It’s amazing how one win cures all that plagues the Las Vegas Raiders, particularly regarding the overall performance of the defense on Monday night, where they had a solid performance against the Green Bay Packers.
Edge rusher Maxx Crosby once again led the way in the 17-13 victory, where he solidified his case as a Defensive Player of the Year candidate. He finished the game with five tackles, four tackles for loss, and one sack, earning himself AFC’s Defensive of the Week honors.
Linebackers Divine Deablo and Robert Spillane were also key contributors on Monday Night, with Deablo leading the team in total tackles with 10, and Spillane snagging two of the team’s three interceptions, changing the complexion of the game.
Naturally, as a result of the Raiders’ brilliant defensive performance on Monday, the likes of which hasn’t been seen by Raider Nation in years, the talks have begun surrounding whether or not the Raiders finally have the defense to compete in an offense-dominated AFC. Now, as I’ve grown a reputation of being the official voice of optimism, I’m here this time to put a kibosh on Raider Nation’s rising confidence in this defense. Pump the brakes on the Raiders’ defense hype.
Sure, the Raiders have recorded two and a half solid defensive performances (Broncos, Packers, 2nd half vs. Chargers), where they allowed only a combined 34 points, but when looking deeper into the numbers, it will bring you pause. In the Raiders’ first five games, they have allowed an average of 129.4 yards/game, good for 23rd in the league. Moreover, the Raiders have given up 4.3 yards per rush attempt, which is tied for 20th in the league– not anything to write home about.
To dig further into the defense, the Raiders sit at the bottom-third in the league in takeaways with four and are one of two teams (Carolina Panthers) who have yet to record a fumble recovery.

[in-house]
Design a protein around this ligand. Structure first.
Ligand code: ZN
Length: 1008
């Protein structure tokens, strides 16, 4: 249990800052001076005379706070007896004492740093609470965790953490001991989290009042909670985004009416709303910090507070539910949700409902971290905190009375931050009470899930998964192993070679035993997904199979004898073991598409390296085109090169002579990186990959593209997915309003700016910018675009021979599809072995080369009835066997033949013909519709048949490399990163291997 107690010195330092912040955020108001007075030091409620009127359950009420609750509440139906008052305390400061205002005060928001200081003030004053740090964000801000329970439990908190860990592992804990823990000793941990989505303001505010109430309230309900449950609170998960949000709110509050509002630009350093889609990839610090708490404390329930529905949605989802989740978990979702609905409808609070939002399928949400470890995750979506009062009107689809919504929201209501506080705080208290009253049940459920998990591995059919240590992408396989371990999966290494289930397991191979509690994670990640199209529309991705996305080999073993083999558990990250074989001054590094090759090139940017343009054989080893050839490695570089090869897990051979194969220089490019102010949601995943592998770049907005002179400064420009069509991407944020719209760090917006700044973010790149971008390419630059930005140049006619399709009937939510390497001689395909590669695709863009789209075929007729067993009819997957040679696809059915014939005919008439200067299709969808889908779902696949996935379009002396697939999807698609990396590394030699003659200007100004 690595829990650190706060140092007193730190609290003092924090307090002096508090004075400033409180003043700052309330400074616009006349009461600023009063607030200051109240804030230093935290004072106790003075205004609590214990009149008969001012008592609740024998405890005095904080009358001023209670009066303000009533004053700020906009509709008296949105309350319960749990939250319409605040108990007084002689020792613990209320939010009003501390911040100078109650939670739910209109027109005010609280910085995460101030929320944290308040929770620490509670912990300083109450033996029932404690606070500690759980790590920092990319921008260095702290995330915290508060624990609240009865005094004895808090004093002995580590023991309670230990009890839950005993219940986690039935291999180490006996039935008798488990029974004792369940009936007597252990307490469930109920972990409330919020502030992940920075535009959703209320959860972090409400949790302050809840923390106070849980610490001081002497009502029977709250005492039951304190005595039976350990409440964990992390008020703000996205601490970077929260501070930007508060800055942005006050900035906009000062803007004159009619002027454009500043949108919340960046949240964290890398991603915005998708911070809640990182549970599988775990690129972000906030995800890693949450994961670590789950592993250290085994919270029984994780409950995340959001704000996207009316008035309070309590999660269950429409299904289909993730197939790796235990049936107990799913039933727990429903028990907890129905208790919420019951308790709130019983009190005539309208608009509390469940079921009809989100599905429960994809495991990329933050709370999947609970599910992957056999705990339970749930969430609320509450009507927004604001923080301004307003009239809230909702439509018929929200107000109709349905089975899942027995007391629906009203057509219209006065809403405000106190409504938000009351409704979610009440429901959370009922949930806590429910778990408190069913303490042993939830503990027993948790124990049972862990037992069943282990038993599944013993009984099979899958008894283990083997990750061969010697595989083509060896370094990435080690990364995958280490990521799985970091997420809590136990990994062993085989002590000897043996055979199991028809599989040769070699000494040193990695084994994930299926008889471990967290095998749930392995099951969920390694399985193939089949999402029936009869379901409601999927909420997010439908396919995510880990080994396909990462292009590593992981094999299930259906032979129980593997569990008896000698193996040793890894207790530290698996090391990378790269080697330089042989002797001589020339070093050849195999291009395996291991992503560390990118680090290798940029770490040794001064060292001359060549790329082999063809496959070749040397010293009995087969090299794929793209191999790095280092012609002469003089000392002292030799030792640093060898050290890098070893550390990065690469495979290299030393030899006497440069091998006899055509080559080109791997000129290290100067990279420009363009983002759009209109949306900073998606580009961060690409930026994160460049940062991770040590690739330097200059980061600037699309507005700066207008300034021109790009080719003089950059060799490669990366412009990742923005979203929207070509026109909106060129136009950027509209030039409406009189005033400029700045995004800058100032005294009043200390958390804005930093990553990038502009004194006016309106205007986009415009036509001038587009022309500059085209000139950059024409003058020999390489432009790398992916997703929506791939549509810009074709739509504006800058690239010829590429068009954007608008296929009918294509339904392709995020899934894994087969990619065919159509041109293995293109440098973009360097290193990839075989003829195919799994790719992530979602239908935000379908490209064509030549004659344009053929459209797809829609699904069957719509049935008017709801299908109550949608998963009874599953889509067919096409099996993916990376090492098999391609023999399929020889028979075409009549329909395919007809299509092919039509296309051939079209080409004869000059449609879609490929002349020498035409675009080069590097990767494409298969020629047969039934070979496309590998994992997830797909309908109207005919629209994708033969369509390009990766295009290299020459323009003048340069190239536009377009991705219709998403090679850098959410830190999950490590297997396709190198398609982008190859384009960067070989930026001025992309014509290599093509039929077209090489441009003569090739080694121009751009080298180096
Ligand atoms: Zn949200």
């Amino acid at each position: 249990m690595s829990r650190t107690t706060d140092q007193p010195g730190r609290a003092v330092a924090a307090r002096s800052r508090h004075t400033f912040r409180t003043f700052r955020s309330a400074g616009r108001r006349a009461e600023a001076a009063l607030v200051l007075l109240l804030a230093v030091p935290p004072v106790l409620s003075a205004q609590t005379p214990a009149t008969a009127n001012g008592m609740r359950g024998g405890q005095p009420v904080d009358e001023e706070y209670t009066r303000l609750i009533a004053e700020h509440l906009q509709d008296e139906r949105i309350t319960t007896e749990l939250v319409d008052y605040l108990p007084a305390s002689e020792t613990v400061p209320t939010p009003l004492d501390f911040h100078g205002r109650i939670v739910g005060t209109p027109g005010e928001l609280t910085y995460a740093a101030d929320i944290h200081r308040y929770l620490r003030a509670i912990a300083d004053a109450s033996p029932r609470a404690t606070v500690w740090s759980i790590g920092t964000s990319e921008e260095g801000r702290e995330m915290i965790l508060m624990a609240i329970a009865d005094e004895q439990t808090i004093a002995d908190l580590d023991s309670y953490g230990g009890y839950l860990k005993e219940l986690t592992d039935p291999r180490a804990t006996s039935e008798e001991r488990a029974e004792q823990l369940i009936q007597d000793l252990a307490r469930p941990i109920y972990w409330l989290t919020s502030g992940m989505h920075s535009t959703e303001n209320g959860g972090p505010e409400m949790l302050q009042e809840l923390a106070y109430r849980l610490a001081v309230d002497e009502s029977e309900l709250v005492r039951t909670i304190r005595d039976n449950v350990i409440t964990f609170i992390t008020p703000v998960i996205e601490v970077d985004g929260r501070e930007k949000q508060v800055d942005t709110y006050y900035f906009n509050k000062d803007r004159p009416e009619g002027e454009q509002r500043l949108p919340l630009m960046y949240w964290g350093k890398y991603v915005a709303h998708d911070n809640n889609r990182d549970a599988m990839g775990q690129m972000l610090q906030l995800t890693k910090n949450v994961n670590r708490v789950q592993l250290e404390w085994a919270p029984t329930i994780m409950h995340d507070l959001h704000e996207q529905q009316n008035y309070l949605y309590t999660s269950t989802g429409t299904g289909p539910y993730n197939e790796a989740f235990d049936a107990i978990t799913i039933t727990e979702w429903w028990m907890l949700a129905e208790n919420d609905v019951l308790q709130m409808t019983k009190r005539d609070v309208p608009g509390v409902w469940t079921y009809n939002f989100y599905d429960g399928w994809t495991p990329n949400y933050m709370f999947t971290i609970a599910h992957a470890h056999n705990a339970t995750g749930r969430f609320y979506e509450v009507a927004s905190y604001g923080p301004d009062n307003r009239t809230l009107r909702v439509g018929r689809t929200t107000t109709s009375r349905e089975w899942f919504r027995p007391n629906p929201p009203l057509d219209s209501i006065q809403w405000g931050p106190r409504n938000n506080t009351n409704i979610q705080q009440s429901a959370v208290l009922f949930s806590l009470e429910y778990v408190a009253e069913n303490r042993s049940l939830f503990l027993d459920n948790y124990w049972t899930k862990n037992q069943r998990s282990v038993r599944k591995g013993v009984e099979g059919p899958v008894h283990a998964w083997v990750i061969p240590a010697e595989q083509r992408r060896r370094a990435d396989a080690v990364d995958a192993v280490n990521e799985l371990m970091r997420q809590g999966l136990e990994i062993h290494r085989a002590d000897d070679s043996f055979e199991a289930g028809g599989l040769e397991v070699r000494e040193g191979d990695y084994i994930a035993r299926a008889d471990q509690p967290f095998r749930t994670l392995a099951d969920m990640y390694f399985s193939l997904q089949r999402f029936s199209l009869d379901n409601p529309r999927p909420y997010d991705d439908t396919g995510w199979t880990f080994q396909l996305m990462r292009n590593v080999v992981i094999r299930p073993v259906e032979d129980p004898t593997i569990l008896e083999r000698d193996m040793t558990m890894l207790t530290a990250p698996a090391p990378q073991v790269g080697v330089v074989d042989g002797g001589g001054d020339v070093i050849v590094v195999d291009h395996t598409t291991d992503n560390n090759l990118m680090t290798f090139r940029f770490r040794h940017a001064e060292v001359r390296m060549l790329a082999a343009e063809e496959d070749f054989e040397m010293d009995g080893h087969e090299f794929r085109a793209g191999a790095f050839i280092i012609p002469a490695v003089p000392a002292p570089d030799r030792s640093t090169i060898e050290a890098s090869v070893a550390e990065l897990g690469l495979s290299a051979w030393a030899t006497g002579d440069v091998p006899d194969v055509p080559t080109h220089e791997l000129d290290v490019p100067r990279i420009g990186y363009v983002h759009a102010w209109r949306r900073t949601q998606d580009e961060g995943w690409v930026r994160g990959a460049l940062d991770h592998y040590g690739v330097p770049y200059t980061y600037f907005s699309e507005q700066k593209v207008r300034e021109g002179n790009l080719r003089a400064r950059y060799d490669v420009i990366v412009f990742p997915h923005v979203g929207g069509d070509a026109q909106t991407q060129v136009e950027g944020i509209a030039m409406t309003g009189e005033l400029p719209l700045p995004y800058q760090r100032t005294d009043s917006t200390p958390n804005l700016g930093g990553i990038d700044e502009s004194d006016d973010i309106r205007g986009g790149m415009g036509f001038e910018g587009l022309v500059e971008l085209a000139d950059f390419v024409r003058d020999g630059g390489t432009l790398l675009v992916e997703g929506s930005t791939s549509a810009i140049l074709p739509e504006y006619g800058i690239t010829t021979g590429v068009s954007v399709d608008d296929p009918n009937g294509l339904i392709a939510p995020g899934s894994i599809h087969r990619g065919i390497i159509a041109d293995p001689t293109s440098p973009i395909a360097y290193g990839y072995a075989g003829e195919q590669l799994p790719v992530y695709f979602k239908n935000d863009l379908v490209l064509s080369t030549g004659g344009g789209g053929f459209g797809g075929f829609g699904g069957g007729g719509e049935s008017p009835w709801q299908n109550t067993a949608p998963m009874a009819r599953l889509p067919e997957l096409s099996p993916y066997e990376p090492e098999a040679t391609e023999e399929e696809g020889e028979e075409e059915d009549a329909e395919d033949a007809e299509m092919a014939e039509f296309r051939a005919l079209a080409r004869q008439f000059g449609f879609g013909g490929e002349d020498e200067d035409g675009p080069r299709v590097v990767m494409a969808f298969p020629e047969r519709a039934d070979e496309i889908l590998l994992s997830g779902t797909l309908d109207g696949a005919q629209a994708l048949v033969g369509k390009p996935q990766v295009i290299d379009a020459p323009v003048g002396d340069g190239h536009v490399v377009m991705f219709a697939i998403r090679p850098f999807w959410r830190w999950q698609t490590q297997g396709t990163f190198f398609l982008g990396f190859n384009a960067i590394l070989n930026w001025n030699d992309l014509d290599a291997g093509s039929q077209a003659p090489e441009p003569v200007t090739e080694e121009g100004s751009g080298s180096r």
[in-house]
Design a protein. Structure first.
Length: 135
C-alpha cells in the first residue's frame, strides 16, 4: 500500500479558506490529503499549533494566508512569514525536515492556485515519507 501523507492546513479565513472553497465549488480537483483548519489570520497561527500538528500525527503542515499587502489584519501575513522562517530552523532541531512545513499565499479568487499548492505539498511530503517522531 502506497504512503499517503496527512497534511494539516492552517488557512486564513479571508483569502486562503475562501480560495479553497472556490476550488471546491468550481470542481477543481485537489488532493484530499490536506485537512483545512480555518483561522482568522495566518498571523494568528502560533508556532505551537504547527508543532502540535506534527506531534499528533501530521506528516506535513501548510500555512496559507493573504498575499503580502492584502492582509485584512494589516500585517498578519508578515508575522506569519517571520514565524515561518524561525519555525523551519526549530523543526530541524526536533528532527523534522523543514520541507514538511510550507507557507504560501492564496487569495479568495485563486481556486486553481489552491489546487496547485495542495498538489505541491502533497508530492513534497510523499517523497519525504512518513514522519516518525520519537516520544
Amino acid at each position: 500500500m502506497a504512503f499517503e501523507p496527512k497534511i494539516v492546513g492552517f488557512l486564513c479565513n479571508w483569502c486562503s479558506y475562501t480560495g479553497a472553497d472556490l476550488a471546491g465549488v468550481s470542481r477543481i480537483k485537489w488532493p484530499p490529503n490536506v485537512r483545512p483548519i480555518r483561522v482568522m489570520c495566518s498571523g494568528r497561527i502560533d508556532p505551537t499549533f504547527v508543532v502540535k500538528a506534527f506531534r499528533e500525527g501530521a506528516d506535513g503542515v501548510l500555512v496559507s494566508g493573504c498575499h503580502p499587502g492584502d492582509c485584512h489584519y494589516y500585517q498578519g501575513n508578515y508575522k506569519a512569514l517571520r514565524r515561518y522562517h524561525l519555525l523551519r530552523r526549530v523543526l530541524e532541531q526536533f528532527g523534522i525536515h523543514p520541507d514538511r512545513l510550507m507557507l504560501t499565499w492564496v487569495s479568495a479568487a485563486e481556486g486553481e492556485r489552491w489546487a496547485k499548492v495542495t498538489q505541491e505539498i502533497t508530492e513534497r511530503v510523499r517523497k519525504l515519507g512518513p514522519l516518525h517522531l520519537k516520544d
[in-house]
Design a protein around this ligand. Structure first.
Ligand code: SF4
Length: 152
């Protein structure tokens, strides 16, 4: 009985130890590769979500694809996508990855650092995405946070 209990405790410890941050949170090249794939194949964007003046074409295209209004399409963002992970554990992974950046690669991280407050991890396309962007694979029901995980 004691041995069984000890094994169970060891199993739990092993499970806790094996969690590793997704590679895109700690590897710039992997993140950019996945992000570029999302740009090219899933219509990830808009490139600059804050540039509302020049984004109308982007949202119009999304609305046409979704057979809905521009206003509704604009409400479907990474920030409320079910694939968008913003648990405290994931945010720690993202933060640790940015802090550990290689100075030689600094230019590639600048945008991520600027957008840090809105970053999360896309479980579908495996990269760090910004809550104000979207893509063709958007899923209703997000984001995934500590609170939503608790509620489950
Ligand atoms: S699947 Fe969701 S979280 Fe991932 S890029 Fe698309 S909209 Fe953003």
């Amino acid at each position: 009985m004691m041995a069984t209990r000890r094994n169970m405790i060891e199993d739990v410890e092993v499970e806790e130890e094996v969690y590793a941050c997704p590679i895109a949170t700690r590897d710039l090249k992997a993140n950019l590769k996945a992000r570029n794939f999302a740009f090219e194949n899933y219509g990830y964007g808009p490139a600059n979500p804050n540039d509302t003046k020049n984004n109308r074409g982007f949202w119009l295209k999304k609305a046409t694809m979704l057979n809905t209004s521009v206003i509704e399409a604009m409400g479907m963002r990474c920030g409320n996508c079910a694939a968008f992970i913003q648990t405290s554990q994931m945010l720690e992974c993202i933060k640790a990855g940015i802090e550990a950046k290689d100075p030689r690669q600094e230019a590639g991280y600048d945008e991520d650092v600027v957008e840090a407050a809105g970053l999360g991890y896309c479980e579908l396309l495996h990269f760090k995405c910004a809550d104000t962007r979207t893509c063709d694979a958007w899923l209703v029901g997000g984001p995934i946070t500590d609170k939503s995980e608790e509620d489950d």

This does not sound like a defense who has finally turned the corner.
In defense, the Raiders are currently giving up just 197.2 passing yards per game in five games, which sits at 11th in the league, but gives up 6.4 yards per pass attempt, which sits at the middle of the pack. Moreover, the Raiders gave up 5.8 yards per pass attempt vs. the Packers, which is excellent.
The problem with being excited about these numbers is that the Raiders have thrived and boosted their numbers against subpar quarterbacks in Russell Wilson, Kenny Pickett, and Jordan Love. The Raiders also faced a depleted Chargers offense without running back Austin Ekeler and wideout Mike Williams.
Conversely, the Raiders’ defense was picked apart in all phases of offense against Josh Allen and the Buffalo Bills. If the Raiders’ defense want to be taken seriously, they need to show up against the elite offenses in the league. Even if they generate a good outing against the Patriots and Bears, it will mean nothing if they don’t deliver against the Lions, Chiefs, and Vikings later this season.
Don’t mistake it, the Raiders have improved immensely from last season on defense, but with the lack of generated turnovers, the inability to slow the opponent’s rushing attack, and not being able to get off the field on third down, it leaves a lot to be desired. Stay tuned.
HISTORY REPEATING ITSELF?
If the Raiders continue down this path of having a respectable defense, while having an inept offense that sits at the bottom of league in most statistical categories, it would be reminiscent of the 2006 Oakland Raiders, led by Nnamdi Asomugha, Derrick Burgess, Warren Sapp, Tommy Kelly, Kirk Morrison, and Stuart Schweigert, where the defense ranked second in the NFL in yards per play allowed with 4.6, yet had a historically bad offense to compliment, scoring just 10.5 points per game. That team finished 2-14 under Head Coach Art Shell, who was fired upon completion of the season. A solid defense will mean nothing if you can not bring a solid offense to boot. If the 2023 Raiders want to buck the aforementioned trajectory, current Head Coach Josh McDaniels must dig into his bag to find a spark for the offense, who are currently averaging just 15.8 points per game, which currently ranks 29th in the league. As a team, the Raiders sit at the bottom of the league in turnover differential with a -7, which usually translates to a losing season.
So before we all get excited about the Raiders’ success on defense, let me be the all too familiar wet blanket. Lots of things must be cleaned up before we anoint this defense.